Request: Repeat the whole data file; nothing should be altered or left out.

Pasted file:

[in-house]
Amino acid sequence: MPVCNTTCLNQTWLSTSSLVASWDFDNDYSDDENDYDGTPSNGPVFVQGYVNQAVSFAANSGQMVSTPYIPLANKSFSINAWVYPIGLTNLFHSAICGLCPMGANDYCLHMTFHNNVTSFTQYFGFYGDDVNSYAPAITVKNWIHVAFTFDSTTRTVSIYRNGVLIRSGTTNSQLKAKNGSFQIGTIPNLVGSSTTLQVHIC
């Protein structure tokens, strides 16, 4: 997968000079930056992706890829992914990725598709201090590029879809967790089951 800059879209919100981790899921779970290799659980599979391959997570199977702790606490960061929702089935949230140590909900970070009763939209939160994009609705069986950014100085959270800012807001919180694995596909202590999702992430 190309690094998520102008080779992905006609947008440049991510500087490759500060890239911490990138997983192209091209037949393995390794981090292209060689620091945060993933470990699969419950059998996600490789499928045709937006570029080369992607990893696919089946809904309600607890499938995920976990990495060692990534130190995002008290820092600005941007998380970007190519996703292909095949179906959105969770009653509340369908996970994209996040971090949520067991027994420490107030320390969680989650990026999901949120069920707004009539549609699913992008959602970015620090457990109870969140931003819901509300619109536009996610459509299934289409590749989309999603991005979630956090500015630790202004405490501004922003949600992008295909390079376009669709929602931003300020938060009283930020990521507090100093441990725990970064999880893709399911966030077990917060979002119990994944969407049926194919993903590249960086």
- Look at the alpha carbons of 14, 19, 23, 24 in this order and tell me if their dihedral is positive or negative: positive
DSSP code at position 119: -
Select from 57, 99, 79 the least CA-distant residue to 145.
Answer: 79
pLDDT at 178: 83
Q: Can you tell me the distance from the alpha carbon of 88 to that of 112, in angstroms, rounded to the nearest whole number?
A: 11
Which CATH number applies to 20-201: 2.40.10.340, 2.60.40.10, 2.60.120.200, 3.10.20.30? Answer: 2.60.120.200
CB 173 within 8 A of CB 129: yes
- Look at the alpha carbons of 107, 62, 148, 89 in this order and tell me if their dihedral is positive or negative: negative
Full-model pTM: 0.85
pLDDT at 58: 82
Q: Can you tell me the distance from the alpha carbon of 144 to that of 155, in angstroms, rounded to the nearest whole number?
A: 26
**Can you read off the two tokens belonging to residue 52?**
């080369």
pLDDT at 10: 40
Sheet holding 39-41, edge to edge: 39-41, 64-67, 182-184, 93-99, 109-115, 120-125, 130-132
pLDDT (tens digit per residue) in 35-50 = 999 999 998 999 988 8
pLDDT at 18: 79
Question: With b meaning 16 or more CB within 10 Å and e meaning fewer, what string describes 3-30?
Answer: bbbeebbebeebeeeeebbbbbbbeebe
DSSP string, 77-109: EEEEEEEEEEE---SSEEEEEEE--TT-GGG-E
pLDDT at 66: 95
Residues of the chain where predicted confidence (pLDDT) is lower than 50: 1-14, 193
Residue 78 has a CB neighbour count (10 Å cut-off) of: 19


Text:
[in-house]
Amino acid sequence: MPVCNTTCLNQTWLSTSSLVASWDFDNDYSDDENDYDGTPSNGPVFVQGYVNQAVSFAANSGQMVSTPYIPLANKSFSINAWVYPIGLTNLFHSAICGLCPMGANDYCLHMTFHNNVTSFTQYFGFYGDDVNSYAPAITVKNWIHVAFTFDSTTRTVSIYRNGVLIRSGTTNSQLKAKNGSFQIGTIPNLVGSSTTLQVHIC
């Protein structure tokens, strides 16, 4: 997968000079930056992706890829992914990725598709201090590029879809967790089951 800059879209919100981790899921779970290799659980599979391959997570199977702790606490960061929702089935949230140590909900970070009763939209939160994009609705069986950014100085959270800012807001919180694995596909202590999702992430 190309690094998520102008080779992905006609947008440049991510500087490759500060890239911490990138997983192209091209037949393995390794981090292209060689620091945060993933470990699969419950059998996600490789499928045709937006570029080369992607990893696919089946809904309600607890499938995920976990990495060692990534130190995002008290820092600005941007998380970007190519996703292909095949179906959105969770009653509340369908996970994209996040971090949520067991027994420490107030320390969680989650990026999901949120069920707004009539549609699913992008959602970015620090457990109870969140931003819901509300619109536009996610459509299934289409590749989309999603991005979630956090500015630790202004405490501004922003949600992008295909390079376009669709929602931003300020938060009283930020990521507090100093441990725990970064999880893709399911966030077990917060979002119990994944969407049926194919993903590249960086």
- Look at the alpha carbons of 14, 19, 23, 24 in this order and tell me if their dihedral is positive or negative: positive
DSSP code at position 119: -
Select from 57, 99, 79 the least CA-distant residue to 145.
Answer: 79
pLDDT at 178: 83
Q: Can you tell me the distance from the alpha carbon of 88 to that of 112, in angstroms, rounded to the nearest whole number?
A: 11
Which CATH number applies to 20-201: 2.40.10.340, 2.60.40.10, 2.60.120.200, 3.10.20.30? Answer: 2.60.120.200
CB 173 within 8 A of CB 129: yes
- Look at the alpha carbons of 107, 62, 148, 89 in this order and tell me if their dihedral is positive or negative: negative
Full-model pTM: 0.85
pLDDT at 58: 82
Q: Can you tell me the distance from the alpha carbon of 144 to that of 155, in angstroms, rounded to the nearest whole number?
A: 26
**Can you read off the two tokens belonging to residue 52?**
């080369």
pLDDT at 10: 40
Sheet holding 39-41, edge to edge: 39-41, 64-67, 182-184, 93-99, 109-115, 120-125, 130-132
pLDDT (tens digit per residue) in 35-50 = 999 999 998 999 988 8
pLDDT at 18: 79
Question: With b meaning 16 or more CB within 10 Å and e meaning fewer, what string describes 3-30?
Answer: bbbeebbebeebeeeeebbbbbbbeebe
DSSP string, 77-109: EEEEEEEEEEE---SSEEEEEEE--TT-GGG-E
pLDDT at 66: 95
Residues of the chain where predicted confidence (pLDDT) is lower than 50: 1-14, 193
Residue 78 has a CB neighbour count (10 Å cut-off) of: 19